Sunday, May 26, 2013
By Steve Mistler firstname.lastname@example.org
(Continued from page 1)
Lance Dutson, campaign manager for U.S. Senate candidate Charlie Summers: “In Maine, I figured that all you need to do is start a blog, be a little sarcastic, stick to your guns and you can become a voice.”
Shawn Patrick Ouellette/Staff Photographer
Q: It seems like quite a career trajectory in a short period of time.
A: It has been. I mean, leaving MHPC to come here was a tough decision. MHPC is a great organization and they'll be a greater organization going forward. But you don't often have the opportunity to impact the course of the country -- not that my day-to-day stuff is going to do that directly -- but the outcome of the race could swing the balance of power in the U.S. Senate. If this thing splits and Maine elects or holds this Republican seat, that's an amazing opportunity to have.
Q: This is your first time running a campaign. Have you received any outside help?
A: Sen. Collins' team has been extremely helpful to us so far. Political campaign people are kind of like carnies, we all float around every two years. So there's kind of a confederacy of background people that create a knowledge base and support structure.
Q: Can you talk about some of the responsibilities you have?
A: There's just so many factors. Today there will decisions made about who sits in a fire truck in the Moxie Day Parade ... where the helium is for the balloons, what we're going to say in response to press inquiries. Hiring decisions, budget decisions, fundraising decisions.
The key part of it is getting good people around you. It's hard to judge money in a race that's four months long, but we'll end up with about $1 million in expenditures out of this office in 118 days. It's like building a big company that disappears on Election Day.
Q: You mentioned that Angus King's lead is based largely on his popularity and name recognition. What opportunities does that leave the campaign to close that gap?
A: I think people tend to picture Angus King as a former governor during times when the economy was better is the residual memory that people have of him. The opportunity for us here is to press the discussion of actual issues and the steps that are needed to get the economy back on track.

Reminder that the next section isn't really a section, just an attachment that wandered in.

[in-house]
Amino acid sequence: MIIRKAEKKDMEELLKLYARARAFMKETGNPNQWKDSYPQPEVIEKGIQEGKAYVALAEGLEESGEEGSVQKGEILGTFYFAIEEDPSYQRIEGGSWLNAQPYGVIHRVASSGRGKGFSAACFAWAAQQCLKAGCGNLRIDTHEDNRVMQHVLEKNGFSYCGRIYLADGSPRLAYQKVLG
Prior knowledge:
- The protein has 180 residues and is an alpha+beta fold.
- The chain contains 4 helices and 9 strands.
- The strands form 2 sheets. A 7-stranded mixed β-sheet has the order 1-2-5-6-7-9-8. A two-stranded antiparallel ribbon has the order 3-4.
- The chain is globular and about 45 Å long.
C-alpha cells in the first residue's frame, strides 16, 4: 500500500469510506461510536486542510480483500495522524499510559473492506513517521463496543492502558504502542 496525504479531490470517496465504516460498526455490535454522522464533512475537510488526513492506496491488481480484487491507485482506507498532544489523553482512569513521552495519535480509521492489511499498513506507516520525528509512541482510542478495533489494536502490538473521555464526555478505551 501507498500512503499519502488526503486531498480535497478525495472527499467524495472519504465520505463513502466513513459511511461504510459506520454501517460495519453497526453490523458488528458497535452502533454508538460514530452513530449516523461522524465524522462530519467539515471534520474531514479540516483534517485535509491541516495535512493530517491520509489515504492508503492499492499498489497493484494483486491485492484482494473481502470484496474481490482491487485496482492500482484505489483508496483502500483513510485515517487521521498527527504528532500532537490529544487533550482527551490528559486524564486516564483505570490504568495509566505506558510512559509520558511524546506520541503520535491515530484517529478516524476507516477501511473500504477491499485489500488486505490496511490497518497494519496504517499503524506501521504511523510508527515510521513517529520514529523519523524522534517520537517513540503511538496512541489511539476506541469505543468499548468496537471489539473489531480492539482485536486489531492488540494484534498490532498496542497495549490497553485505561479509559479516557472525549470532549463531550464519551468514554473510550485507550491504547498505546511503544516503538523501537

So far we've heard Angus talk about filibuster reform and the idiosyncrasies of Senate and government procedure, but I have yet to hear anything from him about how him being in the U.S. Senate is going to improve the lives of the average Mainer.
... That's the opportunity that we have. So far we've seen very broad support for Angus, but very thin support as well. Once we get down to those issues I think that's an opportunity for us.
Q: (Summers') primary campaign seemed to be pretty positive in tone. Does that have to change in order to chip away at King's popularity?
A: I don't think so. We're intending to keep the positive campaign going. I think the natural contrast that always has to happen during an election between opponents comes in the vetting of the issues.
When we start talking about specific steps about getting people back to work, Angus is going to have to engage on that. That's not a symptom of negative campaigning or attacking, it's just going to be a contrast.
Q: This new job seems like it could be a great opportunity for you personally, especially if the campaign can win in November, or even just close gap.
A: Yeah, it's an uphill battle, but it's one of those things where the journey and destination are both really important. Politics is like playing a board game sometimes. The pace of it.
There's kind of a Special Forces feeling you get sometimes when you're sitting in a crappy office like this, you know, with the things piled up everywhere, but also having the work be more meaningful than your surroundings.
State House Writer Steve Mistler can be contacted at 791-6345 or at:
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